Some resources that investors may want to consider before they accept an invitation to attend a purported “free” lunch or dinner investment seminar are:

How Troubled Brokers Cluster, Often Among Elderly Investors, The Wall Street Journal (November 12, 2014), available at http://online.wsj.com/articles/how-troubled-brokers-cluster-often-among-elderly-investors-1415763019?mod=WSJ_hp_RightTopStories

The Most Dangerous Piece of Mail You’ll Get All Year is For a Free Lunch (available at http://www.aarp. org/about-aarp/press-center/info-11-2009/free_lunch_monitor_survey.html) is an AARP publication that discusses the fact that, during the review period, nearly 6 million Americans age 55 and older attended a free lunch or dinner seminar, with mail as the most common method of solicitation (63 percent), and that while many people went to these seminars hoping to learn about ways to create a more secure retirement, they were instead pitched financial products that were fraudulent or unsuitable for them.

  1. U.S. Securities & Exchange Commission Publications

Early Retirement Seminars 101: Smart Tips for Spotting Retirement Scams (available at http://www.sec. gov/investor/alerts/earlyretirement.pdf) is a publication that will help investors avoid being misled by flawed or even fraudulent retirement pitches, particularly those that dangle the prospect of early retirement with little or no reduction in income compared to prior working years.

A Guide for Seniors: Protecting Yourself Against Investment Fraud (available at http://www.sec.gov/

investor/seniors/seniorsguide.pdf) is a publication that will help investors understand how scam artists work, provides descriptions of the most common types of investment fraud that target older investors and the “red flags” that are often associated with the same, discusses what all investors – and especially senior investors – need to know about professional designations and titles, and offers guidance on how to invest safely so that the potential for becoming the victim of an investment scheme is reduced.

  1. Financial Industry Regulatory Authority Publications 

Look Before You Leave: Don’t Be Misled By Early Retirement Investment Pitches That Promise Too Much, Financial Industry Regulatory Authority, Inc. (available at http://www.finra.org/Investors/ Protect Yourself/InvestorAlerts/RetirementAccounts/ P017365), is an Investor Alert that identifies instances in which employees who had built up sizeable retirement savings have been misled, and financially harmed, by flawed, even fraudulent, early-retirement investment schemes.

The IRA Rollover: 10 Tips to Making a Sound Decision, Financial Industry Regulatory Authority, Inc. (available at http://www.finra.org/Investors/ProtectYourself/InvestorAlerts/RetirementAccounts/P436001), is an Investor Alert that focuses on individuals who are considering rolling over money from an employer plan into an IRA – or have been in contact with a financial professional to do so – with guidance on how to decide whether an IRA rollover is right for them.

Think Twice Before Cashing Out Your 401(k), Financial Industry Regulatory Authority, Inc. (available at http://www.finra.org/Investors/ProtectYourself/InvestorAlerts/RetirementAccounts/P016344), is an Investor Alert that focuses on individuals who are considering cashing in their 401k retirement plans when they change jobs and both the short-term and long-term consequences of that decision.

Smart 401(k) Investing—Moving Your 401(k), Financial Industry Regulatory Authority, Inc. (available at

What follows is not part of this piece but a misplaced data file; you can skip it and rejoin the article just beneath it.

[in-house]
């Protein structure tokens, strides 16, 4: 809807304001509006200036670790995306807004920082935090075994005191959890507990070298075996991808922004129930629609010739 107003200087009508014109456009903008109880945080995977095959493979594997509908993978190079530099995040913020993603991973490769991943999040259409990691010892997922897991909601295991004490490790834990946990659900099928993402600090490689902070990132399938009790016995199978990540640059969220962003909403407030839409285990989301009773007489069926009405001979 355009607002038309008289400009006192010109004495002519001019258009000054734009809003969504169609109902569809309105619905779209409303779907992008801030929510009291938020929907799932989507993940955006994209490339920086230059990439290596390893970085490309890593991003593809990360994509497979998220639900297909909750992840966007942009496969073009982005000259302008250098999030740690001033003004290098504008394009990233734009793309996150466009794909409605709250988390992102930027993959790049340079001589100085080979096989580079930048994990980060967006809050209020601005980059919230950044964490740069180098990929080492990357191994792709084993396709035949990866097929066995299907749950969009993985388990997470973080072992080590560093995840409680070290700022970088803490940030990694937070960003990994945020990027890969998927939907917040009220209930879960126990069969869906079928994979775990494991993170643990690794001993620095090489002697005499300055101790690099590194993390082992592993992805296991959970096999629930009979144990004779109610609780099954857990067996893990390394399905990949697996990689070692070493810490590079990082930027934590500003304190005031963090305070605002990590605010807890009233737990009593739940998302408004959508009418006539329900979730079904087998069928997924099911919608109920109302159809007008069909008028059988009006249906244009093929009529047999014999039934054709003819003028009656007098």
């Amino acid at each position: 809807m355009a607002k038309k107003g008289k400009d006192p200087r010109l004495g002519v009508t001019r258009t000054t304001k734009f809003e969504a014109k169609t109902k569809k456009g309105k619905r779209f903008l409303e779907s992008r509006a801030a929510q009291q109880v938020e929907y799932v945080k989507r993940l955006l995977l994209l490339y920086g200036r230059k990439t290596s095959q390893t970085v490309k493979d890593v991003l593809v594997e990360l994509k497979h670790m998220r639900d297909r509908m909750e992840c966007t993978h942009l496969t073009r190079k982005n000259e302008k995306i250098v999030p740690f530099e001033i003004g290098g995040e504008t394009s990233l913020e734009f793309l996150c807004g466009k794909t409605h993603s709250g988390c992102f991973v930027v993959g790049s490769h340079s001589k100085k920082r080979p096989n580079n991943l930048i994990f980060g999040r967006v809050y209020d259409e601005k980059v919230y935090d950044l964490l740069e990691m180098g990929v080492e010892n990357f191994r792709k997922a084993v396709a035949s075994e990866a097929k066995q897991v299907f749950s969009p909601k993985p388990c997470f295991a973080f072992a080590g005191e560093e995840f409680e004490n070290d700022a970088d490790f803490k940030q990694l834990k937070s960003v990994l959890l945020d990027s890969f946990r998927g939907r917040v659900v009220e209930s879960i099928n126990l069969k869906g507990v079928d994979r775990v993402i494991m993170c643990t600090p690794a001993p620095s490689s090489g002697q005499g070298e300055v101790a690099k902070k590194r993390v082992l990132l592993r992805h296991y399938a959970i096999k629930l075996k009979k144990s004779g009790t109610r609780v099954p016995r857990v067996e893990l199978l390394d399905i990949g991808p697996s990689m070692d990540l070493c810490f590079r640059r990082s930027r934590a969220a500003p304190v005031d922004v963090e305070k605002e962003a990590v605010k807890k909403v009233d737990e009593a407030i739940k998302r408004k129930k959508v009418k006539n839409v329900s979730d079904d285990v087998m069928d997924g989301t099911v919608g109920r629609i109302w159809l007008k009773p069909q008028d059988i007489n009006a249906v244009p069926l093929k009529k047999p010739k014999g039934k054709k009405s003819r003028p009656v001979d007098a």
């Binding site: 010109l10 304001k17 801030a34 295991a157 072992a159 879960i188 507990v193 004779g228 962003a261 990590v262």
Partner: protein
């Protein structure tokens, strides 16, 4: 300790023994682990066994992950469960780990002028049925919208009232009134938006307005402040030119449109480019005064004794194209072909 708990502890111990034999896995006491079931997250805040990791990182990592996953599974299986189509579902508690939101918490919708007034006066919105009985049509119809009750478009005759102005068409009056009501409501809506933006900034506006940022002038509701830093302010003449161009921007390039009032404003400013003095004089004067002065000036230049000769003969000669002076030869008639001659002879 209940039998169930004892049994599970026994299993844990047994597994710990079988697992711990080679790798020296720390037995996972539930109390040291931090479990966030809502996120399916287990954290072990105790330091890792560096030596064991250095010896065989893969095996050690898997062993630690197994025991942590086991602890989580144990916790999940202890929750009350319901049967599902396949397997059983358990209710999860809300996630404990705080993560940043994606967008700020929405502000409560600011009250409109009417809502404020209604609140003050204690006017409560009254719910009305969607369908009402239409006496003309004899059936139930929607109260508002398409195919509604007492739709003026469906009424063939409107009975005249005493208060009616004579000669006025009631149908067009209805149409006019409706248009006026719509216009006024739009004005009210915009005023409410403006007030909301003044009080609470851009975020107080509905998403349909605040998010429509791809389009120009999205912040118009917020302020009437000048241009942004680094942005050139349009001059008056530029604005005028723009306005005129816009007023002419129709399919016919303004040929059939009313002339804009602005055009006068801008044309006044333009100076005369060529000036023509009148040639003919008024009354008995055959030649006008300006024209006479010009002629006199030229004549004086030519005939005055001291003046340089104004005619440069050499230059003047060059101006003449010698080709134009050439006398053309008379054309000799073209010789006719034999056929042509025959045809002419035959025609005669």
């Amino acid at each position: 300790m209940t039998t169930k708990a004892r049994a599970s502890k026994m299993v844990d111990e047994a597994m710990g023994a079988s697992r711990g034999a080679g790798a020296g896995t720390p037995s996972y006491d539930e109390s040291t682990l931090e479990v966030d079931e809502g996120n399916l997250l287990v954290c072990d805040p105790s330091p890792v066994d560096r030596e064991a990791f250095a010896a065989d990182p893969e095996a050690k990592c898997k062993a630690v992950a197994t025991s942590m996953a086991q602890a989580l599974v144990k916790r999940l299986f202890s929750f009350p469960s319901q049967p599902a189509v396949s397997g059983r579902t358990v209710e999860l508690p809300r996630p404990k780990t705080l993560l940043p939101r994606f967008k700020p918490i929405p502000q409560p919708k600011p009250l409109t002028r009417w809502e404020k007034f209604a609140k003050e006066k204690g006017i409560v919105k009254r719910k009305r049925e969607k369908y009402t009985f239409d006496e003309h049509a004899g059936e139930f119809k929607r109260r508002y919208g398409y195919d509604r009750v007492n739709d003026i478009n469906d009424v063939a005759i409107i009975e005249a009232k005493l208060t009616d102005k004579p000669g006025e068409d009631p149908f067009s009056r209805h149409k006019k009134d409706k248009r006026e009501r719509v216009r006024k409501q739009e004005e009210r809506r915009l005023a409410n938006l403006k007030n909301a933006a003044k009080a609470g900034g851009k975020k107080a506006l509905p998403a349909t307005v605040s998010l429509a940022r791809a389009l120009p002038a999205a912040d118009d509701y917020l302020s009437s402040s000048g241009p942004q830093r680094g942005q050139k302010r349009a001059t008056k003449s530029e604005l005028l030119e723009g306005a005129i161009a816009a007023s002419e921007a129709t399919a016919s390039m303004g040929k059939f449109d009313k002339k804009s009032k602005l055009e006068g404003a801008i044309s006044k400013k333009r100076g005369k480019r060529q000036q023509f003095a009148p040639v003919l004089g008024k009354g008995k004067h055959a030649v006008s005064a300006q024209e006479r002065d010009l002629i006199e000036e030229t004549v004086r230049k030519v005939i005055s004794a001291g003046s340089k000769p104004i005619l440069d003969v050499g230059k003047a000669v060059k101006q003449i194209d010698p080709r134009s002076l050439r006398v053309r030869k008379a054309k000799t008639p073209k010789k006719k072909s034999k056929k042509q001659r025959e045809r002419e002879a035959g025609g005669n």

http://www.finra.org/Investors/SmartInvesting/Retirement/Smart401kInvesting/Moving/), is an Investor Alert that focuses on the considerations associated with the 401k retirement plans of individuals who are changing jobs or retiring.

Help Your Employees Achieve Their Retirement Dream: Tips for Spotting Early Retirement Scams, Financial Industry Regulatory Authority, Inc. (available at http://www.finra.org/Investors/SmartInvesting/Retirement/P038341), is an Investor Alert that is targeted on companies that may host seminars or other meetings to educate employees about retirement planning or that may permit third party providers to conduct seminars for employees.

  1. North American Securities Administrators Association Publications

Self-Directed IRAs and the Risk of Fraud (available at http://www.nasaa.org/5866/self-directed-iras-and-the-risk-of-fraud/) is a publication that warns investors of the potential risks associated with investing through self-directed Individual Retirement Accounts, provides examples of the recent fraudulent investment schemes that utilized self-directed IRA accounts as a key feature, and offers guidance on how to invest safely so that the potential for becoming the victim of an investment scheme is reduced.

10 Tips to Protect Your Nest Egg (available at http://www.nasaa.org/1843/10-tips-to-protect-your-nest-egg/) is a publication that offers the top 10 self-defense tips that can reduce or eliminate the prospect that senior investors may fall victim to investment schemes.

Senior Investor Alert: Senior Specialist Designations (available at http://www.nasaa.org/1987/senior-investor-alert-senior-specialist-designations/) is a publication that discusses the fact that, all too often,

individuals calling themselves “senior specialists” or other deceptive titles, create a false level of comfort among senior investors by implying a certain level of training on issues important to the elderly whereas, in reality, the training they receive is often nothing more than marketing and selling techniques targeting older investors.

Senior Investor Alert: Free Meal Seminars (available at http://www.nasaa.org/1950/senior-investor-alert-free-meal-seminars/) is a publication that discusses “free” lunch or dinner investment seminars which, while enticing senior investors with invitations for free gourmet meals, tips on how to earn excellent returns on their investments and eliminate market risk, have the primary goal of obtaining new customers and eventually selling them investment products.